Encourage her to explore her interests. If she's into sports, see what kinds of programs there are and maybe she can find like-minded friends.

I think the biggest problem at this age is that they can't play more than one on one with each other. They need each other's undivided attention, and someone always ends up the one left out.

Alkenny is offline  
#4 of 5 Old 02-22-2006, 12:55 PM - Thread Starter
 
vamp127's Avatar
 
Join Date: May 2002
Location: Buffalo, NY
Posts: 2,213
Mentioned: 0 Post(s)
Tagged: 0 Thread(s)
Quoted: 0 Post(s)
Thanks mamas. SHe really loves horseback riding and takes weekly lessons. Trouble is that it doesn't help her make more friends. She is grouped by ability and everyone else is an adult. She relates really well with adults. She's not interested in joining other team sports because this one girl participates.

She did ask last night if she could have a slumber party. I think this could be great, or it could be a disaster. What if nobody wants to come?
vamp127 is offline  
#5 of 5 Old 02-22-2006, 05:59 PM
 
PennyRoo's Avatar
 
Join Date: Dec 2004
Location: The ocean state
Posts: 721
Mentioned: 0 Post(s)
Tagged: 0 Thread(s)
Quoted: 0 Post(s)
Riding is a solitary sport, but what about Pony Club? If there is one in your area, this could be a great way for her to meet other like-minded kids. I did this as a girl and loved it - - - it's very social but also allows for a certain level of competition (really, you are competing against yourself to advance to a higher level of knowledge/skill).

I'm not sure I would want to see your DD invite any of the kids who have been so mean to her to the slumber party . . . does she have a small, core group of friends she could concentrate on surrounding herself with?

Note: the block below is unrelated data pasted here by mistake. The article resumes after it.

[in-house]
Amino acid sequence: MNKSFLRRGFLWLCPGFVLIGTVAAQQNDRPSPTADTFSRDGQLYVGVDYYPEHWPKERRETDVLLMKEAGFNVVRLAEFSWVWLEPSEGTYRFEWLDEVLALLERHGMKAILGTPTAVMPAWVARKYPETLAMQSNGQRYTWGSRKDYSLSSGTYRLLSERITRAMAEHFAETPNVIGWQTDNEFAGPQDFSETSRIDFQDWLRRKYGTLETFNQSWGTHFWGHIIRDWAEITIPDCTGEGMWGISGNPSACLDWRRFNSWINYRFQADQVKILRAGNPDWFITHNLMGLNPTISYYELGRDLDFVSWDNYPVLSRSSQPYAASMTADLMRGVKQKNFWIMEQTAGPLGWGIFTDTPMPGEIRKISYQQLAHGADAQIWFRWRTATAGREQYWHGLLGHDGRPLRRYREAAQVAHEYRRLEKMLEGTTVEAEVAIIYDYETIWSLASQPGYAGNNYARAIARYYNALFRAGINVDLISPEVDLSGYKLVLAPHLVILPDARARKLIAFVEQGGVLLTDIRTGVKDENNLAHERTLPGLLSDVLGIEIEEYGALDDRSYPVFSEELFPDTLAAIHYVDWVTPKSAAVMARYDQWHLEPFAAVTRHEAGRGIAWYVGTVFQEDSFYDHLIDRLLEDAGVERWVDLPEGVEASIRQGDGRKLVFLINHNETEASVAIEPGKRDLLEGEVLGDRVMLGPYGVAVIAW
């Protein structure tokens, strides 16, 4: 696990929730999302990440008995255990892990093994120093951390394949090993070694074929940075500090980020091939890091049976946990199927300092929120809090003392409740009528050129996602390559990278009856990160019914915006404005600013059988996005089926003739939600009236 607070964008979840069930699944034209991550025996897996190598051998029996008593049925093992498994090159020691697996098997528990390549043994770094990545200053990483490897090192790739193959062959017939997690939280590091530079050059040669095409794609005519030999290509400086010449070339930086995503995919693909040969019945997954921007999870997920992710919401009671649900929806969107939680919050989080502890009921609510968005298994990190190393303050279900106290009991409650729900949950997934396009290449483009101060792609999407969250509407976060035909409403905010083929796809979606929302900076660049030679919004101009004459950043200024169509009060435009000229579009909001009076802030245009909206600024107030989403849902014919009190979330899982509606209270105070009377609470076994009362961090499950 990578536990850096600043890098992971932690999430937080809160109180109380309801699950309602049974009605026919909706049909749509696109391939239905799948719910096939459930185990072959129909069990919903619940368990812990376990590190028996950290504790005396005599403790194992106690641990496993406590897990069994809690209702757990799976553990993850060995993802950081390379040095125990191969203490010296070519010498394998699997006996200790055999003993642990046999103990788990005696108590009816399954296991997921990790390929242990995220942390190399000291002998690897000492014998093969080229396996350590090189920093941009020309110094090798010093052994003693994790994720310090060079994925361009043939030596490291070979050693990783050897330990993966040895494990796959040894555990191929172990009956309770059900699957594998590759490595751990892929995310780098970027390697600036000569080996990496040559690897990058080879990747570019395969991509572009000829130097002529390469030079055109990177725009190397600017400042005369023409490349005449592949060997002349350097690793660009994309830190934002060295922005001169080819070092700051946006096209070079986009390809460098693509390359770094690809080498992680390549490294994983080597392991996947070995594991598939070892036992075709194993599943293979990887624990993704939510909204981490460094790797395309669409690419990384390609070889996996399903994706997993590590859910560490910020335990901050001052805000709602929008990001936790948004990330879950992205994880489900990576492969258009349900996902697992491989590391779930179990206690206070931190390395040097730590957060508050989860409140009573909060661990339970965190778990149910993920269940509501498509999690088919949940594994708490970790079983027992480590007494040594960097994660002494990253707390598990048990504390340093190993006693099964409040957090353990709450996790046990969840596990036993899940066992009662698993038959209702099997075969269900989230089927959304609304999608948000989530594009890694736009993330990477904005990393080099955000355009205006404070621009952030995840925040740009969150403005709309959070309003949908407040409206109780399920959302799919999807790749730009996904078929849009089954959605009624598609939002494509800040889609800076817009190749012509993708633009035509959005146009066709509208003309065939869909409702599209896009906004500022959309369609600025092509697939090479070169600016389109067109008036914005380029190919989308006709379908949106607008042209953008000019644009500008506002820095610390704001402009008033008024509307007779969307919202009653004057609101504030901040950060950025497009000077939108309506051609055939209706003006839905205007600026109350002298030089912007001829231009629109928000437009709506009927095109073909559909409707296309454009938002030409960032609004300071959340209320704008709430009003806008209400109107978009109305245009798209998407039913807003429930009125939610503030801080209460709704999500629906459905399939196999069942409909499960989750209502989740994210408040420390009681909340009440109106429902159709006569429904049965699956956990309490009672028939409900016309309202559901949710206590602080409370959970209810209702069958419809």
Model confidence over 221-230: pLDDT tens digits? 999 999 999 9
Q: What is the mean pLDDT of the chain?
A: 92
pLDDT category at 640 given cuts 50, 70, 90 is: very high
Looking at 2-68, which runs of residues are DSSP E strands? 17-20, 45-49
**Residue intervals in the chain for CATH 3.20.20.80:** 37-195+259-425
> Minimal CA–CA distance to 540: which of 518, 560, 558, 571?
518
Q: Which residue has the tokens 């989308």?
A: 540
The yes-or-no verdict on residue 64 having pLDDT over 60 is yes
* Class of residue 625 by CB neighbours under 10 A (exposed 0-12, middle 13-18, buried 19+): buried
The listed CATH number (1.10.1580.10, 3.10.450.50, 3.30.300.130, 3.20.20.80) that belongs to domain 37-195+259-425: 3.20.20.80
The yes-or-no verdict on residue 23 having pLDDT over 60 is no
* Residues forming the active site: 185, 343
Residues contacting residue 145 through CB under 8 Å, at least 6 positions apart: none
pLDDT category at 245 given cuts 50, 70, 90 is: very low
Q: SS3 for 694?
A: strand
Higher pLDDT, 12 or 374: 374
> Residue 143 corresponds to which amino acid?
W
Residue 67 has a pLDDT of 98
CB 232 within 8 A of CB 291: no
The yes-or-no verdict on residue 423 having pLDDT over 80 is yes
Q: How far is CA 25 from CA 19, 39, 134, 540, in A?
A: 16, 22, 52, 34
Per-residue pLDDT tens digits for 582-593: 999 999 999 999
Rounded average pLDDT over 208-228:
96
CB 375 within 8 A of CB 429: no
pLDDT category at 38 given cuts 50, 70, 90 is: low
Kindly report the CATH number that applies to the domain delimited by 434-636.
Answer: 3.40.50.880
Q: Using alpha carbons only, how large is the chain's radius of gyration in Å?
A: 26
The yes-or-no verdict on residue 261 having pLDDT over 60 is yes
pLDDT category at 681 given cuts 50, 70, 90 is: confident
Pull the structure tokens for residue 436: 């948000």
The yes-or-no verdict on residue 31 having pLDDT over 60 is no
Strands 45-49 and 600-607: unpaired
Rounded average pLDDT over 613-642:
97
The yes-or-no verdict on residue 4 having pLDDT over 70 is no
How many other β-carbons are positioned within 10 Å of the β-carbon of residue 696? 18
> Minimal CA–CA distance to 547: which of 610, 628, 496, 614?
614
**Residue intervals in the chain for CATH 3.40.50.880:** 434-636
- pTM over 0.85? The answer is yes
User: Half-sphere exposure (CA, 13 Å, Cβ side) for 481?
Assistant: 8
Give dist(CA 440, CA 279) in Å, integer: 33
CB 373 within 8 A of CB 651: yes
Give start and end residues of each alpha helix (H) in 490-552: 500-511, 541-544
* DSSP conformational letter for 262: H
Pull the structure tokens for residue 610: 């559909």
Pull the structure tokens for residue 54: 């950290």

Mama to 2 mopheaded rascals
PennyRoo is offline  
Reply

Quick Reply
Message:
Drag and Drop File Upload
Drag files here to attach!
Upload Progress: 0
Options

Register Now

In order to be able to post messages on the Mothering Forums forums, you must first register.
Please enter your desired user name, your email address and other required details in the form below.
User Name:
If you do not want to register, fill this field only and the name will be used as user name for your post.
Password
Please enter a password for your user account. Note that passwords are case-sensitive.
Password:
Confirm Password:
Email Address
Please enter a valid email address for yourself.
Email Address:

Log-in

Human Verification

In order to verify that you are a human and not a spam bot, please enter the answer into the following box below based on the instructions contained in the graphic.



User Tag List

Thread Tools
Show Printable Version Show Printable Version
Email this Page Email this Page


Forum Jump: 

Posting Rules  
You may post new threads
You may post replies
You may not post attachments
You may not edit your posts

BB code is On
Smilies are On
[IMG] code is On
HTML code is Off
Trackbacks are On
Pingbacks are On
Refbacks are Off